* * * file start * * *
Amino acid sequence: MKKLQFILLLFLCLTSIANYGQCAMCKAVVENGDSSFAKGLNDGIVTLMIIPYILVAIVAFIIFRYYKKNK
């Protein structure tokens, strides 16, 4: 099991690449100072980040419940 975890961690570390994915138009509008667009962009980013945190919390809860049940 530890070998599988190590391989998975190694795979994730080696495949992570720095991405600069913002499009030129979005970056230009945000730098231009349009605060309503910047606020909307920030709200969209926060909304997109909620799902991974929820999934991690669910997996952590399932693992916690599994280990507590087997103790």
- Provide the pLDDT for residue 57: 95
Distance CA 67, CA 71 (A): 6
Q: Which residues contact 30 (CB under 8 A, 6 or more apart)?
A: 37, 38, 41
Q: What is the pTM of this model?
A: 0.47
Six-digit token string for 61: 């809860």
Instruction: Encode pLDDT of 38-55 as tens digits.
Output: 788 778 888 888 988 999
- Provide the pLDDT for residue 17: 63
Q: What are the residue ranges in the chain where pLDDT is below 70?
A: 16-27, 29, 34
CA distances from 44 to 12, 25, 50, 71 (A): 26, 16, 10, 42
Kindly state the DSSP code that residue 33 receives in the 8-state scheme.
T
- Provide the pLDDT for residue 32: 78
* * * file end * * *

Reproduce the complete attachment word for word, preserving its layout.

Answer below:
Amino acid sequence: MKKLQFILLLFLCLTSIANYGQCAMCKAVVENGDSSFAKGLNDGIVTLMIIPYILVAIVAFIIFRYYKKNK
């Protein structure tokens, strides 16, 4: 099991690449100072980040419940 975890961690570390994915138009509008667009962009980013945190919390809860049940 530890070998599988190590391989998975190694795979994730080696495949992570720095991405600069913002499009030129979005970056230009945000730098231009349009605060309503910047606020909307920030709200969209926060909304997109909620799902991974929820999934991690669910997996952590399932693992916690599994280990507590087997103790």
- Provide the pLDDT for residue 57: 95
Distance CA 67, CA 71 (A): 6
Q: Which residues contact 30 (CB under 8 A, 6 or more apart)?
A: 37, 38, 41
Q: What is the pTM of this model?
A: 0.47
Six-digit token string for 61: 């809860």
Instruction: Encode pLDDT of 38-55 as tens digits.
Output: 788 778 888 888 988 999
- Provide the pLDDT for residue 17: 63
Q: What are the residue ranges in the chain where pLDDT is below 70?
A: 16-27, 29, 34
CA distances from 44 to 12, 25, 50, 71 (A): 26, 16, 10, 42
Kindly state the DSSP code that residue 33 receives in the 8-state scheme.
T
- Provide the pLDDT for residue 32: 78